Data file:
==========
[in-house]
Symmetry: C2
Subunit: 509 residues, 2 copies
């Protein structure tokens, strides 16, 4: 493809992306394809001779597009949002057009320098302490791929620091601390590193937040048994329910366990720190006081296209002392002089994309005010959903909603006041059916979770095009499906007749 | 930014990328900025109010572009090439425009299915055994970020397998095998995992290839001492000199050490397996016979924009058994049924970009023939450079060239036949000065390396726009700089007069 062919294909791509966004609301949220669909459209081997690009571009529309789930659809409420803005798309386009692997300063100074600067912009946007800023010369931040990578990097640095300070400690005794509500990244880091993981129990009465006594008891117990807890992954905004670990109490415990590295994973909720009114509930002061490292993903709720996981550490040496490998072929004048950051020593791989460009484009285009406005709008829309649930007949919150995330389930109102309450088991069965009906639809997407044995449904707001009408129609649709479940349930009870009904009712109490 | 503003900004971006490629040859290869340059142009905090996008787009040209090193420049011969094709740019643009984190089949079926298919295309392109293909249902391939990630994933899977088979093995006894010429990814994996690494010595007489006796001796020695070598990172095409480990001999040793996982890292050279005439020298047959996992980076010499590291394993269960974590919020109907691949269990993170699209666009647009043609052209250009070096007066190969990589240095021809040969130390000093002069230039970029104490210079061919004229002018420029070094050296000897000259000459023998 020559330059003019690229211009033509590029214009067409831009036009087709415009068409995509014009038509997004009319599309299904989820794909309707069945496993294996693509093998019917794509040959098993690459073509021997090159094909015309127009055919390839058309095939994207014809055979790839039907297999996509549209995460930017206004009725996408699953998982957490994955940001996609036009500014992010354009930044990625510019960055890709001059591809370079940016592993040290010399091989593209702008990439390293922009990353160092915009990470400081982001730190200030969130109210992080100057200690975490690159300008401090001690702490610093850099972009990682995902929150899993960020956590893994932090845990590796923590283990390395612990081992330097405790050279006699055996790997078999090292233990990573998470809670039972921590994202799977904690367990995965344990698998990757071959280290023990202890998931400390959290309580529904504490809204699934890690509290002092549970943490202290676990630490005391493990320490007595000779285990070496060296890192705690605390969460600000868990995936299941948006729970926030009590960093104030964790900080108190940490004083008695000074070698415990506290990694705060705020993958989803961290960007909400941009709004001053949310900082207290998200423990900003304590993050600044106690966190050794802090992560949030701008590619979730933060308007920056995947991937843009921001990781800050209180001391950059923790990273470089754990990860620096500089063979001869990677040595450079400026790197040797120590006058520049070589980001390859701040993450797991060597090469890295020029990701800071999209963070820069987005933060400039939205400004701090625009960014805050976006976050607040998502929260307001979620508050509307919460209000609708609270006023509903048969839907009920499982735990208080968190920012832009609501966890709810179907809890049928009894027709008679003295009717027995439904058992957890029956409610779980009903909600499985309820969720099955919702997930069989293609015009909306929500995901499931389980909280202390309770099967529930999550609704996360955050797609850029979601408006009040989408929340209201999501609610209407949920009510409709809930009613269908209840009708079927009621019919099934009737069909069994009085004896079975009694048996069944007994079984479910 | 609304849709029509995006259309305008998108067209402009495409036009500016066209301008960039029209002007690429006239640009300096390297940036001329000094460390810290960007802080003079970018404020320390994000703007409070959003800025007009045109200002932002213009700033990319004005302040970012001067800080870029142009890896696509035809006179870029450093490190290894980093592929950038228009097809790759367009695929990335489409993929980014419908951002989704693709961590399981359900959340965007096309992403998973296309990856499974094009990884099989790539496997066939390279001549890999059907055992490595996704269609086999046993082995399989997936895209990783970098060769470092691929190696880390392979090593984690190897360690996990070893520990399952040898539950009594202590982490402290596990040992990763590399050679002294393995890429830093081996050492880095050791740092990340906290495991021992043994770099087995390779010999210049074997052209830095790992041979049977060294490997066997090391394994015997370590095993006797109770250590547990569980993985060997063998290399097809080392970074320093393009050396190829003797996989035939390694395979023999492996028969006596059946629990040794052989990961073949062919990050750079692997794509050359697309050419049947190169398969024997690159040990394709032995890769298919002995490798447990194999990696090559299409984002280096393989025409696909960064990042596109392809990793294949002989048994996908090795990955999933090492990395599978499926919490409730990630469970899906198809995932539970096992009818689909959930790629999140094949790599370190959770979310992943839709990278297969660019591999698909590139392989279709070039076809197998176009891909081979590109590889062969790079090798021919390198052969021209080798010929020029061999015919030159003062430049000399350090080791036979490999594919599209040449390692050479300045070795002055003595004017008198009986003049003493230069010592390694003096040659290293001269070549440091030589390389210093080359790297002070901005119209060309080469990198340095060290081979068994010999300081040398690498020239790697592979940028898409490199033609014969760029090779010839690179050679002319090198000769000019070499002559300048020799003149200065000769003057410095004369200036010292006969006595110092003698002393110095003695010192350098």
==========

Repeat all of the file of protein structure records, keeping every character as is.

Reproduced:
[in-house]
Symmetry: C2
Subunit: 509 residues, 2 copies
């Protein structure tokens, strides 16, 4: 493809992306394809001779597009949002057009320098302490791929620091601390590193937040048994329910366990720190006081296209002392002089994309005010959903909603006041059916979770095009499906007749 | 930014990328900025109010572009090439425009299915055994970020397998095998995992290839001492000199050490397996016979924009058994049924970009023939450079060239036949000065390396726009700089007069 062919294909791509966004609301949220669909459209081997690009571009529309789930659809409420803005798309386009692997300063100074600067912009946007800023010369931040990578990097640095300070400690005794509500990244880091993981129990009465006594008891117990807890992954905004670990109490415990590295994973909720009114509930002061490292993903709720996981550490040496490998072929004048950051020593791989460009484009285009406005709008829309649930007949919150995330389930109102309450088991069965009906639809997407044995449904707001009408129609649709479940349930009870009904009712109490 | 503003900004971006490629040859290869340059142009905090996008787009040209090193420049011969094709740019643009984190089949079926298919295309392109293909249902391939990630994933899977088979093995006894010429990814994996690494010595007489006796001796020695070598990172095409480990001999040793996982890292050279005439020298047959996992980076010499590291394993269960974590919020109907691949269990993170699209666009647009043609052209250009070096007066190969990589240095021809040969130390000093002069230039970029104490210079061919004229002018420029070094050296000897000259000459023998 020559330059003019690229211009033509590029214009067409831009036009087709415009068409995509014009038509997004009319599309299904989820794909309707069945496993294996693509093998019917794509040959098993690459073509021997090159094909015309127009055919390839058309095939994207014809055979790839039907297999996509549209995460930017206004009725996408699953998982957490994955940001996609036009500014992010354009930044990625510019960055890709001059591809370079940016592993040290010399091989593209702008990439390293922009990353160092915009990470400081982001730190200030969130109210992080100057200690975490690159300008401090001690702490610093850099972009990682995902929150899993960020956590893994932090845990590796923590283990390395612990081992330097405790050279006699055996790997078999090292233990990573998470809670039972921590994202799977904690367990995965344990698998990757071959280290023990202890998931400390959290309580529904504490809204699934890690509290002092549970943490202290676990630490005391493990320490007595000779285990070496060296890192705690605390969460600000868990995936299941948006729970926030009590960093104030964790900080108190940490004083008695000074070698415990506290990694705060705020993958989803961290960007909400941009709004001053949310900082207290998200423990900003304590993050600044106690966190050794802090992560949030701008590619979730933060308007920056995947991937843009921001990781800050209180001391950059923790990273470089754990990860620096500089063979001869990677040595450079400026790197040797120590006058520049070589980001390859701040993450797991060597090469890295020029990701800071999209963070820069987005933060400039939205400004701090625009960014805050976006976050607040998502929260307001979620508050509307919460209000609708609270006023509903048969839907009920499982735990208080968190920012832009609501966890709810179907809890049928009894027709008679003295009717027995439904058992957890029956409610779980009903909600499985309820969720099955919702997930069989293609015009909306929500995901499931389980909280202390309770099967529930999550609704996360955050797609850029979601408006009040989408929340209201999501609610209407949920009510409709809930009613269908209840009708079927009621019919099934009737069909069994009085004896079975009694048996069944007994079984479910 | 609304849709029509995006259309305008998108067209402009495409036009500016066209301008960039029209002007690429006239640009300096390297940036001329000094460390810290960007802080003079970018404020320390994000703007409070959003800025007009045109200002932002213009700033990319004005302040970012001067800080870029142009890896696509035809006179870029450093490190290894980093592929950038228009097809790759367009695929990335489409993929980014419908951002989704693709961590399981359900959340965007096309992403998973296309990856499974094009990884099989790539496997066939390279001549890999059907055992490595996704269609086999046993082995399989997936895209990783970098060769470092691929190696880390392979090593984690190897360690996990070893520990399952040898539950009594202590982490402290596990040992990763590399050679002294393995890429830093081996050492880095050791740092990340906290495991021992043994770099087995390779010999210049074997052209830095790992041979049977060294490997066997090391394994015997370590095993006797109770250590547990569980993985060997063998290399097809080392970074320093393009050396190829003797996989035939390694395979023999492996028969006596059946629990040794052989990961073949062919990050750079692997794509050359697309050419049947190169398969024997690159040990394709032995890769298919002995490798447990194999990696090559299409984002280096393989025409696909960064990042596109392809990793294949002989048994996908090795990955999933090492990395599978499926919490409730990630469970899906198809995932539970096992009818689909959930790629999140094949790599370190959770979310992943839709990278297969660019591999698909590139392989279709070039076809197998176009891909081979590109590889062969790079090798021919390198052969021209080798010929020029061999015919030159003062430049000399350090080791036979490999594919599209040449390692050479300045070795002055003595004017008198009986003049003493230069010592390694003096040659290293001269070549440091030589390389210093080359790297002070901005119209060309080469990198340095060290081979068994010999300081040398690498020239790697592979940028898409490199033609014969760029090779010839690179050679002319090198000769000019070499002559300048020799003149200065000769003057410095004369200036010292006969006595110092003698002393110095003695010192350098």